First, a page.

Baggersee. With an unprecedented heat wave hitting the northern hemisphere, I eventually found my annual vacation blog post. I wrote blog posts about our beach vacation in Marielyst, Denmark, or Rehoboth Beach, Delaware. However, this year, it took me the better part of two weeks to realize that I had this year’s beach right beneath my feet – the small artificial beach of the Rossenray Lake, a small lake in my home town in Germany where we spent our summer vacation. And here are the three things the beach (and the lake) told me about science in 2018. Continue reading
Conventional wisdom. Trio whole exome sequencing has been successful over the last five years in identifying underlying genetic etiologies in nearly 50% of patients with epileptic encephalopathies, which is largely owing to the genetic architecture of these conditions. The vast majority of these genetic epilepsies are caused by apparent de novo variants that are present in the patient but not in the mother or father. The conventional wisdom is that the recurrence risk in future pregnancies for parents of an affected child is low to non-existent and traditionally we have quoted a ~1% recurrence risk for future pregnancies. However, a new study published in the New England Journal of Medicine turns this conventional wisdom on its head, identifying detectable somatic mosaicism in approximately 10% of parents tested, which has implications for how we counsel families of children with epileptic encephalopathies – and potentially other genetic conditions due to de novo variants as well. Continue reading
Unravelling the BAFME mystery. The mystery surrounding Benign Adult Familial Myoclonic Epilepsy (BAFME) – also known as Familial Adult Myoclonic Epilepsy (FAME) or Familial Cortical Myoclonic Tremor and Epilepsy (FCMTE) – has persisted for years. BAFME is an autosomal dominant neurological disorder characterized by adult onset of myoclonic/cortical tremor and infrequent seizures. The clinical course is typically considered to be benign. Linkage studies have shown linkage to several regions including 8q24, 2p11.1-q12.2, 3q26.32-q28, and 5p15. A recent publication identified a variant in CTNND2 segregating with disease in a Dutch family with BAFME3, although it remains to be determined how broadly applicable CTNND2 variants are in other individuals with BAFME. Now in an elegant set of experiments by Ishiura and colleagues, a significant proportion of BAFME appears to be solved and is due to expansions of pentanucleotide intronic sequences in SAMD12.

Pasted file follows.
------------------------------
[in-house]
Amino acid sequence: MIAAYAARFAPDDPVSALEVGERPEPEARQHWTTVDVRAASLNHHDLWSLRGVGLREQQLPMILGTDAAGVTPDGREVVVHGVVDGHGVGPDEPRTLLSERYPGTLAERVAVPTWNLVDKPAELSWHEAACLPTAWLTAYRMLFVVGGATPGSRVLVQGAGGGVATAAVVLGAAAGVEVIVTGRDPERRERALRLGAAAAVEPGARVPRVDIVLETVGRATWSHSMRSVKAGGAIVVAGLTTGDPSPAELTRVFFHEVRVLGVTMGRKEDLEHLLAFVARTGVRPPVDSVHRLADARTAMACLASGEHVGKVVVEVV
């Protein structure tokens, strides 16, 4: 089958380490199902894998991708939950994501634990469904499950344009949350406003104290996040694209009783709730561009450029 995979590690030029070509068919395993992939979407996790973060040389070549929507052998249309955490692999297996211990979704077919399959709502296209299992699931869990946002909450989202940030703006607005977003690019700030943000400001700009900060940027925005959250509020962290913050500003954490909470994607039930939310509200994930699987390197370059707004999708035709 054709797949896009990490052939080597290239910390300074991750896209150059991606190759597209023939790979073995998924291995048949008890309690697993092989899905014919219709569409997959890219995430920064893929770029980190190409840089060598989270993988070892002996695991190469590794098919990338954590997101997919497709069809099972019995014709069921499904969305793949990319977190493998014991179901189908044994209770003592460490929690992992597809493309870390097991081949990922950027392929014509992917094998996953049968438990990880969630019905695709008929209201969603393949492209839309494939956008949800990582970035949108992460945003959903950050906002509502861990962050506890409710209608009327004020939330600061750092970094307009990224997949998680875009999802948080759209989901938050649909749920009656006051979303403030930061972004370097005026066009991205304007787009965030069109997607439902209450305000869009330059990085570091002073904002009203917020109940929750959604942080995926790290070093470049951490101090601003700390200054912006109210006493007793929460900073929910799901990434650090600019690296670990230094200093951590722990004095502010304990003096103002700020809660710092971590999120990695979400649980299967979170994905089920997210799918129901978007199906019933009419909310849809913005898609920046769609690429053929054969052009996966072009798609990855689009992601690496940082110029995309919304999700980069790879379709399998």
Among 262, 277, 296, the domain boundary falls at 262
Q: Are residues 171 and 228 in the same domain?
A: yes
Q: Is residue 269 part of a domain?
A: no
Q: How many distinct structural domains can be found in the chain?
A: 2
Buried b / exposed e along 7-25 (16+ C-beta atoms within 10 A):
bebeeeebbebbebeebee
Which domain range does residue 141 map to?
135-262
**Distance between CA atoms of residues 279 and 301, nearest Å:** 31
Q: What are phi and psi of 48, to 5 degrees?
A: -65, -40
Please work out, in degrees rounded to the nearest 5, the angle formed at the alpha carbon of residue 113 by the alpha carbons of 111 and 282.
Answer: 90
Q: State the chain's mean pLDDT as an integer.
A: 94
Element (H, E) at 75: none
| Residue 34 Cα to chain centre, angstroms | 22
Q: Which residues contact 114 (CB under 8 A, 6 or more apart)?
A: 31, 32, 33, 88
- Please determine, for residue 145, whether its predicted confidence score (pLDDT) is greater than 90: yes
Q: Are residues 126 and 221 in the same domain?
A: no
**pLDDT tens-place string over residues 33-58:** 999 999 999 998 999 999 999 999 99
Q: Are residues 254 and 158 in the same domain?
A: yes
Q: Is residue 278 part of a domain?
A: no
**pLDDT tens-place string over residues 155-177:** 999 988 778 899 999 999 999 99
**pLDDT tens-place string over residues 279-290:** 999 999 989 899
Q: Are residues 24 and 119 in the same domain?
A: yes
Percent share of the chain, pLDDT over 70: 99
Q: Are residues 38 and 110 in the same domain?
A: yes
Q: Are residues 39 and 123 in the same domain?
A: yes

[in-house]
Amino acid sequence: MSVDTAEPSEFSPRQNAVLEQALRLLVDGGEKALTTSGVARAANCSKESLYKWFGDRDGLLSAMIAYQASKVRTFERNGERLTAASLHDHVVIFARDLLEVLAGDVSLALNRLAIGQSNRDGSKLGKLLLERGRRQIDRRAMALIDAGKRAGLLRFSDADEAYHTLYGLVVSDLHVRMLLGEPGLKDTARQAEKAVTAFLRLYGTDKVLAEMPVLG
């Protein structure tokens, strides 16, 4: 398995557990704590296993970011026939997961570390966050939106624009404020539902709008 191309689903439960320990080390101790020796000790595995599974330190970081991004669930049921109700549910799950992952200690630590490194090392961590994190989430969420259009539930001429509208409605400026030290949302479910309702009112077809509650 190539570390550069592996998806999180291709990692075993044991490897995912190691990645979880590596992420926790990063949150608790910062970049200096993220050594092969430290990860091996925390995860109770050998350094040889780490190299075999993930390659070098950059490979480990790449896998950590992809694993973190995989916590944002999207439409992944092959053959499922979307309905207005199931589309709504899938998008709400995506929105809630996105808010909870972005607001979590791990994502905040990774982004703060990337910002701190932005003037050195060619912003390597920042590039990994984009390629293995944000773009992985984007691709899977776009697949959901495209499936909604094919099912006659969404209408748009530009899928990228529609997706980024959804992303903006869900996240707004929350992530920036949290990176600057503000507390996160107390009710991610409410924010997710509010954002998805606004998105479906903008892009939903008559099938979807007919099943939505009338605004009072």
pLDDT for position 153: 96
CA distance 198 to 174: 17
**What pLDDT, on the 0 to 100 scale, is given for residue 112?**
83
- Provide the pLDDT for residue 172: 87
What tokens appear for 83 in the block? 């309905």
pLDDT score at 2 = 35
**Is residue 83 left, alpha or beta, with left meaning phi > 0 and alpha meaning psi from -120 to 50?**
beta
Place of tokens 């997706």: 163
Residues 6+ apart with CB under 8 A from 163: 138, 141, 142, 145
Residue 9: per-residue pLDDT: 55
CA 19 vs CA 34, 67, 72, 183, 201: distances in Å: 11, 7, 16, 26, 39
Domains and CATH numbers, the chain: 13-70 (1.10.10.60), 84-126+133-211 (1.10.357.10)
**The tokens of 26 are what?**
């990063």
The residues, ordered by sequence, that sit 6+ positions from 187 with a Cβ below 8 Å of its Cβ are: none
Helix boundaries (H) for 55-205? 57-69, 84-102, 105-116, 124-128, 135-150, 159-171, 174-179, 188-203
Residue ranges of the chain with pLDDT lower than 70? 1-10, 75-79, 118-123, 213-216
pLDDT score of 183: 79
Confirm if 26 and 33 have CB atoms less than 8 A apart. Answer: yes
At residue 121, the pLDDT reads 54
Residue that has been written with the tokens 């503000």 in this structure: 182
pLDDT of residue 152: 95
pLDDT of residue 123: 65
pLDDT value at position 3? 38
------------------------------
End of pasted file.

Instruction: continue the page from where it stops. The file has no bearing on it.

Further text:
MPP. Mitochondria are indispensable for cellular energy production and require constant protein import, as most mitochondrial genes are encoded in the nucleus. In order for proper targeting, mitochondrial proteins have a specific presequence, which is removed once a protein has found its way into the mitochondria. This function is accomplished by the mitochondrial processing peptidase MPP, which is encoded by the PMPCA and PMPCB genes. In a recent publication in the American Journal of Human Genetics, we identified PMPCB as a novel gene for a complex neurodegenerative condition in childhood and discovered a new disease mechanism for neurological disorders. However, epileptic encephalopathy that initially led to the inclusion of our initial RES study was only one extreme of an unusual disease spectrum. Continue reading
Sodium channel. Voltage-gated channels for sodium ions are a crucial component of helping neurons depolarize and repolarize in a way that enables generation of action potentials. However, in order to function properly, voltage-gated ion channels co-exist in a fragile balance, and genetic alterations leading to functional changes in these channels are known causes of disease. SCN1A, SCN2A, and SCN8A have been implicated as causes for human epilepsy. However, SCN3A encoding the Nav1.3 channel, one of the most obvious candidates, could not be linked to disease so far. In a recent publication, we were able identify disease-causing mutations in this major neuronal ion channel. Interestingly, patients with an early onset and the most severe presentation had a prominent gain-of-function effect that responded to known antiepileptic medications. Continue reading